Delay Retiring: A ‘Smart’ Decision

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If postponing retirement can improve one’s financial security in old age, why do so many people rush to retire when they reach age 62?

Much research has explored the financial and health reasons that explain why so few people choose to retire later.  Taking a different tack, a new study found that individuals with higher cognition foresee a higher probability of working longer.

There were two steps to this research.

First, participants in an Internet survey were asked if they planned to continue working full-time after age 62 and, separately, if they expected to work past 65.  Participants were between the ages of 45 and 61.

Next, the researchers measured each survey participant’s “crystallized intelligence,” which is the wisdom acquired with age.  This type of intelligence helps to compensate for declining “fluid intelligence” – the ability to think quickly – which peaks in young adulthood.  To measure their crystallized intelligence, participants took a standard psychology test in which they are shown pictures – perhaps a goat, maracas, a sextant (an astronomical instrument) – and asked to name them.

It’s an “adaptive” test that is able to measure the gamut of cognitive abilities.  If an individual labels the first set of pictures accurately, then the second set of pictures he is given is more difficult to identify.

Those who scored higher on this test were more likely to plan to work past 62 and past 65, according to the study, which was supported by the Retirement Research Consortium. The researchers controlled for other factors identified in the literature as affecting the likelihood of working after those ages, such as education, sex, health, and non-housing wealth.

Individuals scoring in the middle – at the 50th percentile – on the vocabulary test had a 70 percent likelihood they planned to be working full-time after age 62 and a 40 percent likelihood they would still work full-time after age 65.  But higher test scores indicated greater expectations of working past each age.  Those scoring in the 84th percentile had 73 percent and 43 percent likelihoods, respectively, of working full-time after 62 and 65.

Planning for retirement is complex and can be difficult for many people to get right. Predicting one’s retirement income and expenses for years to come involves a substantial amount of uncertainty.

Not everyone is equally equipped to assess their options.  Some may need more help with their retirement planning than others.

Full disclosure:  The research cited in this post was funded by a grant from the U.S. Social Security Administration (SSA) through the Retirement Research Consortium, which also funds this blog.  The opinions and conclusions expressed are solely those of the blog’s author and do not represent the opinions or policy of SSA or any agency of the federal government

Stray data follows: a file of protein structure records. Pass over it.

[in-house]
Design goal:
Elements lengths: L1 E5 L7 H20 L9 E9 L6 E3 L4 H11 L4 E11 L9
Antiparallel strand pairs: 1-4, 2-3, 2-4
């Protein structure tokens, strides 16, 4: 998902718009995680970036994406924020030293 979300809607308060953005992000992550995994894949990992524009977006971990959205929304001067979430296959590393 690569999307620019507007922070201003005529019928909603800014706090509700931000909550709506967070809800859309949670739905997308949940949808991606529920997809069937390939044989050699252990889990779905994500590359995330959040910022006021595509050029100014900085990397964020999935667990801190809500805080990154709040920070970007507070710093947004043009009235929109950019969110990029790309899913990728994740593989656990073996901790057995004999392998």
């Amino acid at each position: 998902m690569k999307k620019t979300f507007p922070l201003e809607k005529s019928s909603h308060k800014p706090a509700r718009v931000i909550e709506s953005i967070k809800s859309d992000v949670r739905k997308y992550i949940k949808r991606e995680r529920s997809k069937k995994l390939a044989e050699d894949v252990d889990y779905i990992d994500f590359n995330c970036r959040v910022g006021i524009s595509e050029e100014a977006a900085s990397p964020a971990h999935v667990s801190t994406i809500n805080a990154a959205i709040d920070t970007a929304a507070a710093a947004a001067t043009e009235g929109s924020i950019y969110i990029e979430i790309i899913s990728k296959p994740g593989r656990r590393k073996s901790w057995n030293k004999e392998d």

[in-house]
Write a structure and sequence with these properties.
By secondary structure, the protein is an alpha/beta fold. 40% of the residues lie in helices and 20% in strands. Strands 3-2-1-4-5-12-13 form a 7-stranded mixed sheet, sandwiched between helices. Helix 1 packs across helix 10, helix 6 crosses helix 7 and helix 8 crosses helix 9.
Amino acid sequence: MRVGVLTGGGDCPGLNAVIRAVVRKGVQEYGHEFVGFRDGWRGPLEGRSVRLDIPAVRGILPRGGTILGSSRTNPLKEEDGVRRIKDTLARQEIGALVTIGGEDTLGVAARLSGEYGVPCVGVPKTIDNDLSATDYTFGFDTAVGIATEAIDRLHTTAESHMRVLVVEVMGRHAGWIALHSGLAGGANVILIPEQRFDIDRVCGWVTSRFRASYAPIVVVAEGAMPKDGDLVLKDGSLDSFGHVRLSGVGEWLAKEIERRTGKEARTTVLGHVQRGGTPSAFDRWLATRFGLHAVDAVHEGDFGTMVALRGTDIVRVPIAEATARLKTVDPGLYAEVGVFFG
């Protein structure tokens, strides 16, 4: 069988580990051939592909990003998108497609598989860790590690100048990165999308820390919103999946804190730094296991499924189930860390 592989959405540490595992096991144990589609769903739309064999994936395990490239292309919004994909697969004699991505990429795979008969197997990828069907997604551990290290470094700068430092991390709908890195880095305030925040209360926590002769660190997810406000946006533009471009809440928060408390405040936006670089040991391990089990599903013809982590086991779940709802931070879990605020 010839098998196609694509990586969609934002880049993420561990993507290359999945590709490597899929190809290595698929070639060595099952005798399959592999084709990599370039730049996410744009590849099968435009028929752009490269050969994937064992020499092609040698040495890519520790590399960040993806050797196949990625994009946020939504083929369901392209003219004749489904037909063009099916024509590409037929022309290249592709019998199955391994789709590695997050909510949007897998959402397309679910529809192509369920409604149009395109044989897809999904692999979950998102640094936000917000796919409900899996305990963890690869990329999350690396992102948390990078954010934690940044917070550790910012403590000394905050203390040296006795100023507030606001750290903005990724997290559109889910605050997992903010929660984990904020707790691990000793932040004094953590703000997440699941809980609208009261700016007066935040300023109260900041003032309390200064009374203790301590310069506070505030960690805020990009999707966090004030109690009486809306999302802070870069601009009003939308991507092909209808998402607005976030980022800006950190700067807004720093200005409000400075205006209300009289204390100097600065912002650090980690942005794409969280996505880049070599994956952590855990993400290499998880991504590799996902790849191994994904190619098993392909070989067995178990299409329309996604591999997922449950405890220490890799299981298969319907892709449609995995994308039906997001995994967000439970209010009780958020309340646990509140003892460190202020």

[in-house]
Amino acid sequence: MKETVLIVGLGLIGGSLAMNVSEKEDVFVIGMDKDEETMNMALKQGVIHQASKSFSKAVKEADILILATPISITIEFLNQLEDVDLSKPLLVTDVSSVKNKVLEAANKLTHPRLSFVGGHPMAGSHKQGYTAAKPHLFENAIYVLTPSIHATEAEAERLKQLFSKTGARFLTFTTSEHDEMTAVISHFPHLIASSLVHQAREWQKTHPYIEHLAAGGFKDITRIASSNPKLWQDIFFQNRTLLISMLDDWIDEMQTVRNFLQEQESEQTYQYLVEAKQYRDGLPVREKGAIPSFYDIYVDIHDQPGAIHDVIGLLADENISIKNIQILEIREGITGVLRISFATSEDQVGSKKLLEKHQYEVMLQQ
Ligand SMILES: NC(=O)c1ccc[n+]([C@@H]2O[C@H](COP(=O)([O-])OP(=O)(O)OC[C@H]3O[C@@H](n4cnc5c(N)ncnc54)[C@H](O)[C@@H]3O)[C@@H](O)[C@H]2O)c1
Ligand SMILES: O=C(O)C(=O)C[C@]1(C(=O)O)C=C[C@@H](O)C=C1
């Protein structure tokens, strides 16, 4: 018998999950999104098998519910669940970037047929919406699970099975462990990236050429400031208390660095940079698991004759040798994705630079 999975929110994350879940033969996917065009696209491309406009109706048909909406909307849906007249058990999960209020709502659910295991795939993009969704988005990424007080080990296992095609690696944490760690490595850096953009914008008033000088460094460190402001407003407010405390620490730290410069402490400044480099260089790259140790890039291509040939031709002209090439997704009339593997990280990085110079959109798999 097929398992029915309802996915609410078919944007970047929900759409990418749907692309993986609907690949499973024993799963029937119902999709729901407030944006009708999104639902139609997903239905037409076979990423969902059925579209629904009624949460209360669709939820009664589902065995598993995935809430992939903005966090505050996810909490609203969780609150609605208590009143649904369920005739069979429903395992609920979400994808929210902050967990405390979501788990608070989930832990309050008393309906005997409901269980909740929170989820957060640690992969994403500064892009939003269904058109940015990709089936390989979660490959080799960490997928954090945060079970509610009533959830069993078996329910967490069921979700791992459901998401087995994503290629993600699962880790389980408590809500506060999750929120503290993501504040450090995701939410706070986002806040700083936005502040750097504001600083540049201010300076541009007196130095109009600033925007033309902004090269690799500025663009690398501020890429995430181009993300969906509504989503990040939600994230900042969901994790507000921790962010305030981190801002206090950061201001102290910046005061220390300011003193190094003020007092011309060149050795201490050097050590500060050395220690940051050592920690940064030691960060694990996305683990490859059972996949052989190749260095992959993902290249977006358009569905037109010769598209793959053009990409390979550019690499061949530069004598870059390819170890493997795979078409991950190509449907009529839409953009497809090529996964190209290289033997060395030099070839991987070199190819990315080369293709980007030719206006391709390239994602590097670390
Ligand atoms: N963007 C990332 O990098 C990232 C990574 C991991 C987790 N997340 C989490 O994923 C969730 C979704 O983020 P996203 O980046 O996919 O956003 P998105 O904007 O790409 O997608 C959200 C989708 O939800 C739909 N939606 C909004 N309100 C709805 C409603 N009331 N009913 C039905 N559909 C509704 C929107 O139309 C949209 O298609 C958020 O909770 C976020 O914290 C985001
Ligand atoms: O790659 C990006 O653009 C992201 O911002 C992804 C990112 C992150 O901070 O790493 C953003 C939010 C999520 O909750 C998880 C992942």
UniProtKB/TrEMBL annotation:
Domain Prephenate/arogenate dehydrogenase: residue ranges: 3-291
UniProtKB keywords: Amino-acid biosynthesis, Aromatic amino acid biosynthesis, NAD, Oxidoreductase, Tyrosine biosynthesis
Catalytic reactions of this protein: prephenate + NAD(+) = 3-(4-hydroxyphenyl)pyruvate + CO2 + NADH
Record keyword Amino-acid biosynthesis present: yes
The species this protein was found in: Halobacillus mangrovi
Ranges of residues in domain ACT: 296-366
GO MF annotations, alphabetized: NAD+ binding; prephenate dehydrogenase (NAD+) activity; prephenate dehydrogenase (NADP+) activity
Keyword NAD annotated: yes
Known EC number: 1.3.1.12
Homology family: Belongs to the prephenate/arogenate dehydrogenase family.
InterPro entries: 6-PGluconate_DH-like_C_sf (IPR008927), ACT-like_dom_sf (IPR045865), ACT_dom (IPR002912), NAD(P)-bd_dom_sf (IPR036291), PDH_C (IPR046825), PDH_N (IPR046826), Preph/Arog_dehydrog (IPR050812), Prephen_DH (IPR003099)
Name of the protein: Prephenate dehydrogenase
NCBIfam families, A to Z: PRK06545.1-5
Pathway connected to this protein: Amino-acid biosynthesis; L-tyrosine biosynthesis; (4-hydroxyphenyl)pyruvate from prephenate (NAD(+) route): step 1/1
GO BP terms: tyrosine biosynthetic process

Larry Littlefield

One factor may be a willingness to work for less.

As age slows productivity slightly, workers may feel pressured or pushed out of their original career. They could switch to a lower-paid, less demanding job if their ego would let them (and of course if one is available).

With regard to availability, health insurance is key. Small employers may worry about the effect of those age 55 to 64 on their health insurance premiums. After age 65, when Medicare picks up most of the tab, older workers become a bargain.


I’m 66 and soon to be 67. I plan on retiring next year at age 68. One of the challenges I think I will miss as the general manager of a medium size water district in Oregon is, “Where did that come from? In all the years (17) I’ve been here that hasn’t happened before.” I’ll miss the challenge and my young 24-50 year old staff who will get right on it, fix the problem and make sure the customers all have safe clean drinking water. It may be hard for some to believe, but I’ll also miss the planning and budgeting because the pipe we lay in the trench today should last 200 years, if we planned it right! Awesome! I’ve been so blessed in my entire lifetime.


Seems to me they might have expanded their research if they had included older folks who have already made the decision and seen their results. I retired at 60 based on cash-flow and it has worked out pretty well. We’ve managed to do the things we want while living within our pension and SS income. We’re not the filthy rich but we did save for retirement. Our goal is to continue on – pushing out the decumulation phase as far as possible. I’m not sure either crystallized or fluid intelligence had much to do with it. It was pretty much desire and math 😉

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